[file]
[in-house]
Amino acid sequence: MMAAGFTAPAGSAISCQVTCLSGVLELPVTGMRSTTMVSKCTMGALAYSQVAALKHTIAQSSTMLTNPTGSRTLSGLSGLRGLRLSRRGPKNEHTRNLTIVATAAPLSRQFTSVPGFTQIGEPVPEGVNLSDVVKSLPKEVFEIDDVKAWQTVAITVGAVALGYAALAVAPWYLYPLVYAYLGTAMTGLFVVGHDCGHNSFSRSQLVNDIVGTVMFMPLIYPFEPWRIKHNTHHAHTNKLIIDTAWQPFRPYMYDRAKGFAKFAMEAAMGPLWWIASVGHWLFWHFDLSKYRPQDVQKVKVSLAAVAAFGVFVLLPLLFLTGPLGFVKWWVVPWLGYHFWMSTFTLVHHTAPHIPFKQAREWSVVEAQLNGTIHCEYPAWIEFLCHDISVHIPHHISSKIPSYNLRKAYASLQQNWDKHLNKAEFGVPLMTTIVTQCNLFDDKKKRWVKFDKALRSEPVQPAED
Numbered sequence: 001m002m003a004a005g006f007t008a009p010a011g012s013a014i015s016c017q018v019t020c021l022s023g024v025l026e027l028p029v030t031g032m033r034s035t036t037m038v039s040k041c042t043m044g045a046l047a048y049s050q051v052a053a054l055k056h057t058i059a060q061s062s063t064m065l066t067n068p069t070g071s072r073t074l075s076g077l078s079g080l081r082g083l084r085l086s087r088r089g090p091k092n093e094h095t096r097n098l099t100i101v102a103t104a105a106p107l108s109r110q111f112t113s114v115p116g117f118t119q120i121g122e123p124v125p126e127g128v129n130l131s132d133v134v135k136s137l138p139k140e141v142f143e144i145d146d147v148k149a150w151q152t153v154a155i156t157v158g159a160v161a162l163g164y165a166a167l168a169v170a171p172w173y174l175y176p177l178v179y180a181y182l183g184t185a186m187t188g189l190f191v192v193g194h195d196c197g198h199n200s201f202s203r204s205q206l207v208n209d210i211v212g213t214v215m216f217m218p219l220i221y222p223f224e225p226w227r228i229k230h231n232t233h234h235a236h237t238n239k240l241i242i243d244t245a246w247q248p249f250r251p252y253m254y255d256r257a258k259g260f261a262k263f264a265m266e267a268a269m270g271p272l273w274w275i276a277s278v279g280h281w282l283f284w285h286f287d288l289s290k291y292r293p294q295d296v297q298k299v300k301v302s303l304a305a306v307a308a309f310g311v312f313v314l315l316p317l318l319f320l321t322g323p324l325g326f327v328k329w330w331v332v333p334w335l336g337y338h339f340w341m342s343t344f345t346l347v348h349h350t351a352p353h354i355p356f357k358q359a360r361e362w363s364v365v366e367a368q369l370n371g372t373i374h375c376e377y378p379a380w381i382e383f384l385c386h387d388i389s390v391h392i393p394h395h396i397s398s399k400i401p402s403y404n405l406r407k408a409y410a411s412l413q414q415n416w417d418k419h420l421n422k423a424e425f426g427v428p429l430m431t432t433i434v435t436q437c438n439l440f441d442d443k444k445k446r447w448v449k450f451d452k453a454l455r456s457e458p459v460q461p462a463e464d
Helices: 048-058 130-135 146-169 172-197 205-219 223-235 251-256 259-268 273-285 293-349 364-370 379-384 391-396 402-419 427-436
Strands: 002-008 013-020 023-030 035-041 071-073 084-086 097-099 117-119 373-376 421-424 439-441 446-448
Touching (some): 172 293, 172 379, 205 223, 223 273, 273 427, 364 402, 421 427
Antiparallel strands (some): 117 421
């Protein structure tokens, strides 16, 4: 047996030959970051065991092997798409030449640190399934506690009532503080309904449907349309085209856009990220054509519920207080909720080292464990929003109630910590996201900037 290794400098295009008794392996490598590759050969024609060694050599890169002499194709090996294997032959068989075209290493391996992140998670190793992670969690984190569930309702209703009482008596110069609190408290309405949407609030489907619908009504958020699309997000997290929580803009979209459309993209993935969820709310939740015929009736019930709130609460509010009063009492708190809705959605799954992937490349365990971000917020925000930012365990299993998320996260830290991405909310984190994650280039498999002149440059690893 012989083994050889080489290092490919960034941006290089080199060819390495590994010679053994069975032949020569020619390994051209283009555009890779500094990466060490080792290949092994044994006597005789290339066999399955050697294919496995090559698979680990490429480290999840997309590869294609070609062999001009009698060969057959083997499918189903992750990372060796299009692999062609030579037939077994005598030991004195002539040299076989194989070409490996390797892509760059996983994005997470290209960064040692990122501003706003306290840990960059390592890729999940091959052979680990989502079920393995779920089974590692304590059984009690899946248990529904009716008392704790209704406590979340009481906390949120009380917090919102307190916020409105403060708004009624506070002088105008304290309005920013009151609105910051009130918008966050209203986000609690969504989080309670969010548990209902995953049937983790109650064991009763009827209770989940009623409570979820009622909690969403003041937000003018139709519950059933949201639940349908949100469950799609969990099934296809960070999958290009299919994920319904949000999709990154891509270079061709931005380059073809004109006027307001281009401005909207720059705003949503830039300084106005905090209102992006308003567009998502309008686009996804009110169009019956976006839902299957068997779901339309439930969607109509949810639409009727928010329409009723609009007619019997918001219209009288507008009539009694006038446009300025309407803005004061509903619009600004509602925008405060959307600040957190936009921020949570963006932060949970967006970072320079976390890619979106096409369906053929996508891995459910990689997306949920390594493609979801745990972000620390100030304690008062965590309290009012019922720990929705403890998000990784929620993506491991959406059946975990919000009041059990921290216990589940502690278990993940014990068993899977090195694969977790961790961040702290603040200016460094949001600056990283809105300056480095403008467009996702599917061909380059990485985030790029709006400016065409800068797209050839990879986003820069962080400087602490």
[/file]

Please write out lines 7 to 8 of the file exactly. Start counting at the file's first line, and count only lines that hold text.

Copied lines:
Antiparallel strands (some): 117 421
């Protein structure tokens, strides 16, 4: 047996030959970051065991092997798409030449640190399934506690009532503080309904449907349309085209856009990220054509519920207080909720080292464990929003109630910590996201900037 290794400098295009008794392996490598590759050969024609060694050599890169002499194709090996294997032959068989075209290493391996992140998670190793992670969690984190569930309702209703009482008596110069609190408290309405949407609030489907619908009504958020699309997000997290929580803009979209459309993209993935969820709310939740015929009736019930709130609460509010009063009492708190809705959605799954992937490349365990971000917020925000930012365990299993998320996260830290991405909310984190994650280039498999002149440059690893 012989083994050889080489290092490919960034941006290089080199060819390495590994010679053994069975032949020569020619390994051209283009555009890779500094990466060490080792290949092994044994006597005789290339066999399955050697294919496995090559698979680990490429480290999840997309590869294609070609062999001009009698060969057959083997499918189903992750990372060796299009692999062609030579037939077994005598030991004195002539040299076989194989070409490996390797892509760059996983994005997470290209960064040692990122501003706003306290840990960059390592890729999940091959052979680990989502079920393995779920089974590692304590059984009690899946248990529904009716008392704790209704406590979340009481906390949120009380917090919102307190916020409105403060708004009624506070002088105008304290309005920013009151609105910051009130918008966050209203986000609690969504989080309670969010548990209902995953049937983790109650064991009763009827209770989940009623409570979820009622909690969403003041937000003018139709519950059933949201639940349908949100469950799609969990099934296809960070999958290009299919994920319904949000999709990154891509270079061709931005380059073809004109006027307001281009401005909207720059705003949503830039300084106005905090209102992006308003567009998502309008686009996804009110169009019956976006839902299957068997779901339309439930969607109509949810639409009727928010329409009723609009007619019997918001219209009288507008009539009694006038446009300025309407803005004061509903619009600004509602925008405060959307600040957190936009921020949570963006932060949970967006970072320079976390890619979106096409369906053929996508891995459910990689997306949920390594493609979801745990972000620390100030304690008062965590309290009012019922720990929705403890998000990784929620993506491991959406059946975990919000009041059990921290216990589940502690278990993940014990068993899977090195694969977790961790961040702290603040200016460094949001600056990283809105300056480095403008467009996702599917061909380059990485985030790029709006400016065409800068797209050839990879986003820069962080400087602490």